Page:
The installation of linoleum is typically done manually. Because the material is tougher than the similar material, vinyl, it requires extra strength and training with special tools to ensure a perfect finish. Some positive characteristics of linoleum: water resistant, heat- and sound- insulating, durable and flexible, and can imitate other flooring materials. (“Linoleum: Characteristics, Uses And Problems”).
Linoleum can last for decades (20-30 years) before it needs to be disposed. It is typically used in kitchens, hallways, and bathrooms for household flooring and in schools, hospitals, and showrooms for institutional flooring. It was “originally installed over a wood subflooring. Later, a layer of felt was sandwiched in between” (“Linoleum: Characteristics, Uses And Problems”).
Some problems that may arise with linoleum include chemical corrosion as time passes and the linseed oil continues to oxidize that can result in a brittle material. The color can change because linseed tends to darken over time. If the linoleum is heavily used, there may be scrapes and scratches from walking or from furniture. Water damage can also ruin the backing and may separate from the linoleum itself. Cleaning agents introduced to linoleum softens the linseed oil and destroy the cork inside, which will result in small craters in the linoleum (“Linoleum: Characteristics, Uses And Problems”).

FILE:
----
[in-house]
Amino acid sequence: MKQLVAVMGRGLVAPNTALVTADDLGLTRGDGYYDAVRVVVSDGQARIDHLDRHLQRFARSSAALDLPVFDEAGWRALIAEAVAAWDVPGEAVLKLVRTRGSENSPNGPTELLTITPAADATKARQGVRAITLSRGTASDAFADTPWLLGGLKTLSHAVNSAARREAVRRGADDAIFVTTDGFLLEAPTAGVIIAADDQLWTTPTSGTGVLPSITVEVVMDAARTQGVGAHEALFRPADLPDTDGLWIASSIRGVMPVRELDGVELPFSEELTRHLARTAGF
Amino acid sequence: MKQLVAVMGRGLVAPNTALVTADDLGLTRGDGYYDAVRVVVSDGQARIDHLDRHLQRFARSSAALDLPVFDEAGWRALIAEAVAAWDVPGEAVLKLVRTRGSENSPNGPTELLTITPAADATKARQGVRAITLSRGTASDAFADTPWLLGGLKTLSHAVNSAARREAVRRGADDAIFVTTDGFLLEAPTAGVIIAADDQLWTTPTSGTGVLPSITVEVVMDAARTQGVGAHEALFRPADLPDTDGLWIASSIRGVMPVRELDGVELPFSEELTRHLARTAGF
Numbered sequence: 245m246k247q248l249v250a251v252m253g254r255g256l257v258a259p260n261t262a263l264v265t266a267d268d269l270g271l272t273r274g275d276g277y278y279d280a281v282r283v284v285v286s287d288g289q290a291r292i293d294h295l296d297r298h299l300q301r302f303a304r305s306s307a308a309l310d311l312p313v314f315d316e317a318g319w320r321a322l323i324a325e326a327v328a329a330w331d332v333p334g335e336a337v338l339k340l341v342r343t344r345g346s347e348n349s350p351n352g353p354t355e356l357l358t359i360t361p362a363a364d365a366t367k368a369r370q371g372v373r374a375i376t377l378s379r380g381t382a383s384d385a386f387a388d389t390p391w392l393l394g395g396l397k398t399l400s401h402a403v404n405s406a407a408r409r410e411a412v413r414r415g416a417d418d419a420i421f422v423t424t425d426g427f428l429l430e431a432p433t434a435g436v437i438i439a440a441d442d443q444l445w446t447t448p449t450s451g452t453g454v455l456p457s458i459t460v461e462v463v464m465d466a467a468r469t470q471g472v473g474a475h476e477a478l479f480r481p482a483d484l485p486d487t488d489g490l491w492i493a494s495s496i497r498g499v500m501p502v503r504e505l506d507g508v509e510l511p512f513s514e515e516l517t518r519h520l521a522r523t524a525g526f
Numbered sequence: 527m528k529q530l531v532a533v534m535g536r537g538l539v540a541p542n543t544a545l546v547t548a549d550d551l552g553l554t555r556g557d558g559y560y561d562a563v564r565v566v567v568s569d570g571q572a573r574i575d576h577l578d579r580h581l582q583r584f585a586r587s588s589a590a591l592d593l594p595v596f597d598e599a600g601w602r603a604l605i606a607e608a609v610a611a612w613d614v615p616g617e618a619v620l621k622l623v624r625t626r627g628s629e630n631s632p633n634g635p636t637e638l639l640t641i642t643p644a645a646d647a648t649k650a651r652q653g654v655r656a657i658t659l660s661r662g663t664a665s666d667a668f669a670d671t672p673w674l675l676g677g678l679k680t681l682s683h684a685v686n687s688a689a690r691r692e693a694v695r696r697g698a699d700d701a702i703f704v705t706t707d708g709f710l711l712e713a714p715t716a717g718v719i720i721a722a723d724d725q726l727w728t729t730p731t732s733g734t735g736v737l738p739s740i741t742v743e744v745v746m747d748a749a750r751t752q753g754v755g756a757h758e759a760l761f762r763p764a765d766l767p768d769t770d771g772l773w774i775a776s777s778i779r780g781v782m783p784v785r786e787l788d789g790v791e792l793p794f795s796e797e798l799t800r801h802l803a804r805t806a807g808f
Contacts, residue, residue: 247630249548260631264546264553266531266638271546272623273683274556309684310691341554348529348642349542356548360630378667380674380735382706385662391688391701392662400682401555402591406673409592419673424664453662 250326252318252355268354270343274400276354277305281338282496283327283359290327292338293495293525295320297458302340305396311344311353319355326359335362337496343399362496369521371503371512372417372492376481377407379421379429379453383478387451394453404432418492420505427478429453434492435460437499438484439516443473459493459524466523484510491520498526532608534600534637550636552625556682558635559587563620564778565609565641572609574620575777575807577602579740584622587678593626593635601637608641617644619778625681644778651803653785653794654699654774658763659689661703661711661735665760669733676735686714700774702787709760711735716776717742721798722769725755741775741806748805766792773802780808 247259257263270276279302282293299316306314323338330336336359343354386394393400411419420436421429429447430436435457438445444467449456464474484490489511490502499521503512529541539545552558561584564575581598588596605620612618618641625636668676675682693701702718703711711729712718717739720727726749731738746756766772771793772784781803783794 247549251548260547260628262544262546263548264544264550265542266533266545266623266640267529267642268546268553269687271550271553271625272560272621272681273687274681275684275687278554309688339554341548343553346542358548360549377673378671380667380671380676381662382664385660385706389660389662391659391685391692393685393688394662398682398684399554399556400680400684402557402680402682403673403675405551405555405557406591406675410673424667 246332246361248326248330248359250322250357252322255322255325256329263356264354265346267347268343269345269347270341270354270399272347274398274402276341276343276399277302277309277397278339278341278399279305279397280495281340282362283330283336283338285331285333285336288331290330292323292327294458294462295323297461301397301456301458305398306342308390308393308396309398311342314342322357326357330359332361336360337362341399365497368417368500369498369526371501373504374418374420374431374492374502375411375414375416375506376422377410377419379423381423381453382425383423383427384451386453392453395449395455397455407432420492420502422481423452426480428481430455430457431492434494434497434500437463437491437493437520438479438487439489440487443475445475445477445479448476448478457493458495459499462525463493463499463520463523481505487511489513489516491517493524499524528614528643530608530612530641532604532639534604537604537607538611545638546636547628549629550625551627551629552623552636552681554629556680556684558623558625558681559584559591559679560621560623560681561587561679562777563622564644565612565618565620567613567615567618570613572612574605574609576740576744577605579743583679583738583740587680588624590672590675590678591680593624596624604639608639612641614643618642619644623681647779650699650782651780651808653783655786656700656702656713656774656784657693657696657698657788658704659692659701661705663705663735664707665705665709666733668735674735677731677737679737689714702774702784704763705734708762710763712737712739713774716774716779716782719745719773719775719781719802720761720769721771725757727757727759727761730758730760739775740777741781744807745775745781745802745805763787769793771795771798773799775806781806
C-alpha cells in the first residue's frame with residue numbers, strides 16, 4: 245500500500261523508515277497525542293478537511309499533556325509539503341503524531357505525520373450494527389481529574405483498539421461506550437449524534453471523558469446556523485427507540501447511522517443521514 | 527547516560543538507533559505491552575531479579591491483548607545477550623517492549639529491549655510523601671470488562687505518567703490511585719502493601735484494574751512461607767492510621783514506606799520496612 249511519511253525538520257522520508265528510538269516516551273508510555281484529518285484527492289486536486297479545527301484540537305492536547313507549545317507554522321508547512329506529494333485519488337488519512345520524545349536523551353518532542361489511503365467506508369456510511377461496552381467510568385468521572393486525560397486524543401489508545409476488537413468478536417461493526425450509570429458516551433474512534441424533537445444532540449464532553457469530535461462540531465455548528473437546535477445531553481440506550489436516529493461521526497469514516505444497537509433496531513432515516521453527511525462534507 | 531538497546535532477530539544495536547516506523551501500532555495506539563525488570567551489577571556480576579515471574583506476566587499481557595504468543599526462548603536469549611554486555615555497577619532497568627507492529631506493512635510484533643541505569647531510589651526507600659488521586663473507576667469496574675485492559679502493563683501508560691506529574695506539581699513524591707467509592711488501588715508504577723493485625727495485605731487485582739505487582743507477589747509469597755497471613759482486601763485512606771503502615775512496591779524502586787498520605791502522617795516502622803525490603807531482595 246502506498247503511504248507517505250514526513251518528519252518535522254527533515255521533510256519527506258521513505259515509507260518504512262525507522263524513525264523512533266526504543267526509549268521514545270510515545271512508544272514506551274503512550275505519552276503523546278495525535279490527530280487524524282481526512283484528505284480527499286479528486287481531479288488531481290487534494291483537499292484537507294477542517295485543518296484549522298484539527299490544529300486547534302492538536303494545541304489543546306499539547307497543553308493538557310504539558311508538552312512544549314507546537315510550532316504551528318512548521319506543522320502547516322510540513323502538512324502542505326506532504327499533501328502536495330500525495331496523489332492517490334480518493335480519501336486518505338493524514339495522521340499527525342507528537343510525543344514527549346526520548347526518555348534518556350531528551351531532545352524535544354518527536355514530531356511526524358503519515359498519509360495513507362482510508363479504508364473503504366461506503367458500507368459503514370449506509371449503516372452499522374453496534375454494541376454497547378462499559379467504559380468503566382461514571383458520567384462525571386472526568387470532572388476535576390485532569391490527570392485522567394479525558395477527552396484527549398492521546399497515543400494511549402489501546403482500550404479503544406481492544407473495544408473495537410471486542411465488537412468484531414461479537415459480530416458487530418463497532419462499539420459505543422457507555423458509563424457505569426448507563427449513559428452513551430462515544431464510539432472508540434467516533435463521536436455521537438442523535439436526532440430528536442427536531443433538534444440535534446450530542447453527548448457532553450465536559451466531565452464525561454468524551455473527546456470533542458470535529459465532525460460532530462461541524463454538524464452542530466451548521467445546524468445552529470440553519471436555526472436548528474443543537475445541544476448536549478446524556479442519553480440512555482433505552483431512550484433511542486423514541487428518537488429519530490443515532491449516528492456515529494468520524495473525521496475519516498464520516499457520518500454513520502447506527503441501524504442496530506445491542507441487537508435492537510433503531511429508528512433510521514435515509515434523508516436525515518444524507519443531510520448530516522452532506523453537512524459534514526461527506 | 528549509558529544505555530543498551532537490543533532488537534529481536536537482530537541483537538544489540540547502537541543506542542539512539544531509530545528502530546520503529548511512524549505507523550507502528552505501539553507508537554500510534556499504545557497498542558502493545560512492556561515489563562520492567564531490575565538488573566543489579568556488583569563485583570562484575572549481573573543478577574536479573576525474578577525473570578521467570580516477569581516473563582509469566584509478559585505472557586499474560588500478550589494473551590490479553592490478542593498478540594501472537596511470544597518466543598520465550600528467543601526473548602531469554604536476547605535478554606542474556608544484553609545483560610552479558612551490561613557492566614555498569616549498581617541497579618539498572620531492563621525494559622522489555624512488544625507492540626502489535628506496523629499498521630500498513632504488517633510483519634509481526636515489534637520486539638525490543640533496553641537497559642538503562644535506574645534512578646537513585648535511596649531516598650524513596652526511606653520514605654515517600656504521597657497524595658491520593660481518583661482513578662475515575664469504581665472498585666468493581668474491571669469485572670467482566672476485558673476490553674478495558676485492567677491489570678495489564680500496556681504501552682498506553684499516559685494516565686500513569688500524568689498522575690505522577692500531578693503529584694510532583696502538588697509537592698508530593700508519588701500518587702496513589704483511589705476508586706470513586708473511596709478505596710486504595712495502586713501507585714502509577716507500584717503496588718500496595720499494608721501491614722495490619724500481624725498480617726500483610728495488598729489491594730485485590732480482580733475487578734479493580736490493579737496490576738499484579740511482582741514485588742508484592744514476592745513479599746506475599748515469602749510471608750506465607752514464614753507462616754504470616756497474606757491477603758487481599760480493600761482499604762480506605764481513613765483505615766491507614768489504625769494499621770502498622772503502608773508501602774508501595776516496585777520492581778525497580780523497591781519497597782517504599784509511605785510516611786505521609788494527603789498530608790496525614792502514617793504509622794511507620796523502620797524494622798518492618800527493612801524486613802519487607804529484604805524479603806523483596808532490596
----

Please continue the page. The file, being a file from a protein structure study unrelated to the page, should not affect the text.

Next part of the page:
Because linoleum is made mostly of natural ingredients, it can be easily composted. Typically linoleum that is no longer used is sent to the landfill to harmlessly biodegrade; it will not release harmful gases and toxins as it breaks down. Another option is incineration which uses thermal heat to break down the material quicker and generate energy from this process. Surprisingly, once burned it leaves a calorie residue of 18.6 Mj/kg, which is similar to that of coal. The energy obtained from incineration is actually enough to power the entire process of making linoleum, which makes it a closed-loop production (“Recycle Your Old Linoleum”).